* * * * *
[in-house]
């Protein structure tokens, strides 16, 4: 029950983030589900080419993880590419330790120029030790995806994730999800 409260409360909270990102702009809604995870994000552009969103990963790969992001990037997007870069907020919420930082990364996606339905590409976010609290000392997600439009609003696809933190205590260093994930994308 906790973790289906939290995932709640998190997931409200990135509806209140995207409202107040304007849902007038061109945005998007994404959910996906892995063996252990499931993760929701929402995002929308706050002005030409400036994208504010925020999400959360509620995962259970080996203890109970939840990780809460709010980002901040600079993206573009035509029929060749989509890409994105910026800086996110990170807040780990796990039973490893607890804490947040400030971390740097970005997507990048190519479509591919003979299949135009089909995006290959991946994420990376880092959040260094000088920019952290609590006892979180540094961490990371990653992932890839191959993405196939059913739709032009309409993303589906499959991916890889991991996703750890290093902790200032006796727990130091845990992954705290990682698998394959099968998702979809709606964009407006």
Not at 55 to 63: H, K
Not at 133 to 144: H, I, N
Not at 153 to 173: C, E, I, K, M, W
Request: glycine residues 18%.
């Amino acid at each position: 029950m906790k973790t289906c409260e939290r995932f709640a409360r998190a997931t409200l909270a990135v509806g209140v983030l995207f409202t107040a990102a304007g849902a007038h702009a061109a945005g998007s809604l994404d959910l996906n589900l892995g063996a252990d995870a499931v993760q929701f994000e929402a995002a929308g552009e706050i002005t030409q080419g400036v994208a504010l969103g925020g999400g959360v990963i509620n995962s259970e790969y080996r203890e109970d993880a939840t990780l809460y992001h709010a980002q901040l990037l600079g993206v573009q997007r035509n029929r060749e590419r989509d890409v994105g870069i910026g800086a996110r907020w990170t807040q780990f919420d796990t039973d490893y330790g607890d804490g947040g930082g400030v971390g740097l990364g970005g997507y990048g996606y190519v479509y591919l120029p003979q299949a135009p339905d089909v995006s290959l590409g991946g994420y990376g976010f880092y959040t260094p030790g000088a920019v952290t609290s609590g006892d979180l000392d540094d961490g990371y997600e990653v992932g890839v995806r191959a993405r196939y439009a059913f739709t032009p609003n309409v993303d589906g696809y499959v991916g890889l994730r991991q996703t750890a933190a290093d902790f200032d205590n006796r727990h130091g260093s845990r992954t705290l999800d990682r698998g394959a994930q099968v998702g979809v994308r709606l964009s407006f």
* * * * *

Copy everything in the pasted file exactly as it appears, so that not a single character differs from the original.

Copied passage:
[in-house]
């Protein structure tokens, strides 16, 4: 029950983030589900080419993880590419330790120029030790995806994730999800 409260409360909270990102702009809604995870994000552009969103990963790969992001990037997007870069907020919420930082990364996606339905590409976010609290000392997600439009609003696809933190205590260093994930994308 906790973790289906939290995932709640998190997931409200990135509806209140995207409202107040304007849902007038061109945005998007994404959910996906892995063996252990499931993760929701929402995002929308706050002005030409400036994208504010925020999400959360509620995962259970080996203890109970939840990780809460709010980002901040600079993206573009035509029929060749989509890409994105910026800086996110990170807040780990796990039973490893607890804490947040400030971390740097970005997507990048190519479509591919003979299949135009089909995006290959991946994420990376880092959040260094000088920019952290609590006892979180540094961490990371990653992932890839191959993405196939059913739709032009309409993303589906499959991916890889991991996703750890290093902790200032006796727990130091845990992954705290990682698998394959099968998702979809709606964009407006």
Not at 55 to 63: H, K
Not at 133 to 144: H, I, N
Not at 153 to 173: C, E, I, K, M, W
Request: glycine residues 18%.
């Amino acid at each position: 029950m906790k973790t289906c409260e939290r995932f709640a409360r998190a997931t409200l909270a990135v509806g209140v983030l995207f409202t107040a990102a304007g849902a007038h702009a061109a945005g998007s809604l994404d959910l996906n589900l892995g063996a252990d995870a499931v993760q929701f994000e929402a995002a929308g552009e706050i002005t030409q080419g400036v994208a504010l969103g925020g999400g959360v990963i509620n995962s259970e790969y080996r203890e109970d993880a939840t990780l809460y992001h709010a980002q901040l990037l600079g993206v573009q997007r035509n029929r060749e590419r989509d890409v994105g870069i910026g800086a996110r907020w990170t807040q780990f919420d796990t039973d490893y330790g607890d804490g947040g930082g400030v971390g740097l990364g970005g997507y990048g996606y190519v479509y591919l120029p003979q299949a135009p339905d089909v995006s290959l590409g991946g994420y990376g976010f880092y959040t260094p030790g000088a920019v952290t609290s609590g006892d979180l000392d540094d961490g990371y997600e990653v992932g890839v995806r191959a993405r196939y439009a059913f739709t032009p609003n309409v993303d589906g696809y499959v991916g890889l994730r991991q996703t750890a933190a290093d902790f200032d205590n006796r727990h130091g260093s845990r992954t705290l999800d990682r698998g394959a994930q099968v998702g979809v994308r709606l964009s407006f």